What is a Tape Deck?

Malcolm Tatum

A tape deck is a machine that is capable of utilizing some type of magnetic tape in order to play back recorded audio. While becoming synonymous with the cassette deck during the decade of the 1970’s, the term was once used to collectively refer to cassette players, the reel to reel tape recorder, and eight track tape decks. Today, the tape deck is usually identified solely with a cassette deck.

Stereos with tape decks were a popular way to listen to and record music from the 1970s to the 1990s.
Stereos with tape decks were a popular way to listen to and record music from the 1970s to the 1990s.

Home stereo equipment manufactured from the late 1960’s on usually included the presence of a tape deck in the form of a device that would play and record cassette tapes. As console models gave way to the bookshelf style of stereo during the 1970’s, the units were normally constructed with what was known as tri-mode functionality. This meant that the unit included an AM/FM radio receiver, a turntable, and a cassette tape deck.

A standard audio cassette tape.
A standard audio cassette tape.

One innovation with the tri-mode stereo unit was the inclusion of two cassette decks in the basic design. The dual cassette deck offered both an extended play and a dubbing option. This design would allow users to insert a cassette tape in both decks and set one to automatically start when the other tape came to an end. The dual tape deck design also made it possible insert a blank cassette and record music playing on the radio, turntable or the remaining cassette deck.

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Tape decks declined in popularity with the introduction of CDs.
Tape decks declined in popularity with the introduction of CDs.

The tape deck also began to find its way into vehicles during the latter part of the 1960’s. Including an AM/FM radio along with a cassette deck was first considered an added option but soon became considered part of the standard equipment on new vehicles. Automobiles included a tape deck in auto stereo equipment well into the 1990’s.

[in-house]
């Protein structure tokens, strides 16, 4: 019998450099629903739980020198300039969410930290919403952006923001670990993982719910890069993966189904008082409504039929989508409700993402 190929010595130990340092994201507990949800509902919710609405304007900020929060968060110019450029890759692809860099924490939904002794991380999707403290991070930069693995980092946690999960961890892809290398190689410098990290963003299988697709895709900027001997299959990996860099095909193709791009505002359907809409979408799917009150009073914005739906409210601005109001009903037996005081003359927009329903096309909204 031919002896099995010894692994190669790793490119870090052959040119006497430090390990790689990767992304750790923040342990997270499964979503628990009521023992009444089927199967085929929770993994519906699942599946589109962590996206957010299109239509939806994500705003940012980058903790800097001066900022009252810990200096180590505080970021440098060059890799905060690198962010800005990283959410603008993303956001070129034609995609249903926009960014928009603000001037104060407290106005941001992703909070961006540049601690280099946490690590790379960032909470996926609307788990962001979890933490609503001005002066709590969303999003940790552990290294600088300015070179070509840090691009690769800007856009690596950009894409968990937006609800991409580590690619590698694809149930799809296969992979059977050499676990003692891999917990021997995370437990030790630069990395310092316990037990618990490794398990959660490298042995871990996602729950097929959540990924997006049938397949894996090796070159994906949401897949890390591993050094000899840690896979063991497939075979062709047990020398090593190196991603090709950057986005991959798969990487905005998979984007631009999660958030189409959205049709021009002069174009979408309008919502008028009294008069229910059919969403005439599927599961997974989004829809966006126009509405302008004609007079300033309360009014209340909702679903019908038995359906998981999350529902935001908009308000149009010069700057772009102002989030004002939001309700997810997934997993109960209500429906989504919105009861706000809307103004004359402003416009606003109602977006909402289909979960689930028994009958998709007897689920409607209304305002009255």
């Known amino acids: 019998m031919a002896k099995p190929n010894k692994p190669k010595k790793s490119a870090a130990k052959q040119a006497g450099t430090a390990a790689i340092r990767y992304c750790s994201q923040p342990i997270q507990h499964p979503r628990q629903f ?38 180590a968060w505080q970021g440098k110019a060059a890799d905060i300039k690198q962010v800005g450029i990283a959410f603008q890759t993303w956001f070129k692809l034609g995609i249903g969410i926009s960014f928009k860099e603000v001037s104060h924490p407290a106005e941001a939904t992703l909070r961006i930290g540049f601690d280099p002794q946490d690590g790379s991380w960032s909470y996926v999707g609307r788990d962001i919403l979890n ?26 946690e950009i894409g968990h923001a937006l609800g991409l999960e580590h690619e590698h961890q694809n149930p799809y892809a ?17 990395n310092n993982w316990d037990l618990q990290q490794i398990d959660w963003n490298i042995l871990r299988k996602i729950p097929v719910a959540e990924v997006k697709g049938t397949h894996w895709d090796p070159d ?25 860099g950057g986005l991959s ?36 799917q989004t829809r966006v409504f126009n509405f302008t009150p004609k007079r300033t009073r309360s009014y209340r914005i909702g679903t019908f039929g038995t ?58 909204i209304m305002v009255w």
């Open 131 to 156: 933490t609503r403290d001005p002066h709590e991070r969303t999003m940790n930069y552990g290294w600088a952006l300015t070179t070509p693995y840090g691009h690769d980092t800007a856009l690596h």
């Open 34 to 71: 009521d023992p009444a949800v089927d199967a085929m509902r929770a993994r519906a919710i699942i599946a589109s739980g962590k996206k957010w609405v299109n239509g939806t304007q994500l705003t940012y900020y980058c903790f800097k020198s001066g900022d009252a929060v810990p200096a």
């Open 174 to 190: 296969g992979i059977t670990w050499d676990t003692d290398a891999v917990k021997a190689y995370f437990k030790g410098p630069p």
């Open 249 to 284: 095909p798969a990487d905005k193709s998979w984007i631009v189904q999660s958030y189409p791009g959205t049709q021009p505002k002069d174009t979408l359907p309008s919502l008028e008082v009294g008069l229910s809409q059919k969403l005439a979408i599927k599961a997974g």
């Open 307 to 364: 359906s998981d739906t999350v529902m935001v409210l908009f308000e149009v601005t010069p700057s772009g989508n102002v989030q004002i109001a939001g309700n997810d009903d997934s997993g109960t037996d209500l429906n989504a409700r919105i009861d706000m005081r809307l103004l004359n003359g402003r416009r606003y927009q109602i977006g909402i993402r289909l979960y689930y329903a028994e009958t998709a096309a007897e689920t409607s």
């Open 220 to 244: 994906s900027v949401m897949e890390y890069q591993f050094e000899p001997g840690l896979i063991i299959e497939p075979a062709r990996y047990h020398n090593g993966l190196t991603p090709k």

The cassette deck remained one of the most common home audio solutions until the advent of the compact disc in the early 1990’s. As the new device began to overtake vinyl records, newer stereo devices often paired a cassette tape deck with the radio and a CD player. As with the older tri-mode design, the newer stereo units often included a dual cassette deck that made it possible to record from any one of the three modes.

Since the beginning of the 21st century, the cassette deck has declined in popularity as the compact disc and music data files have become more the standard. By 2007, only a few manufacturers continued to produce cassette tapes, although many stereo units continue to include a cassette tape deck in their design.

Boomboxes have built-in tape decks.
Boomboxes have built-in tape decks.

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Discussion Comments

anon50943

Its a strange unusual device you put in cassette deck. It moves up and down, and sometimes they chew up all over the place and really become so destructible. they are annoying when they snap!

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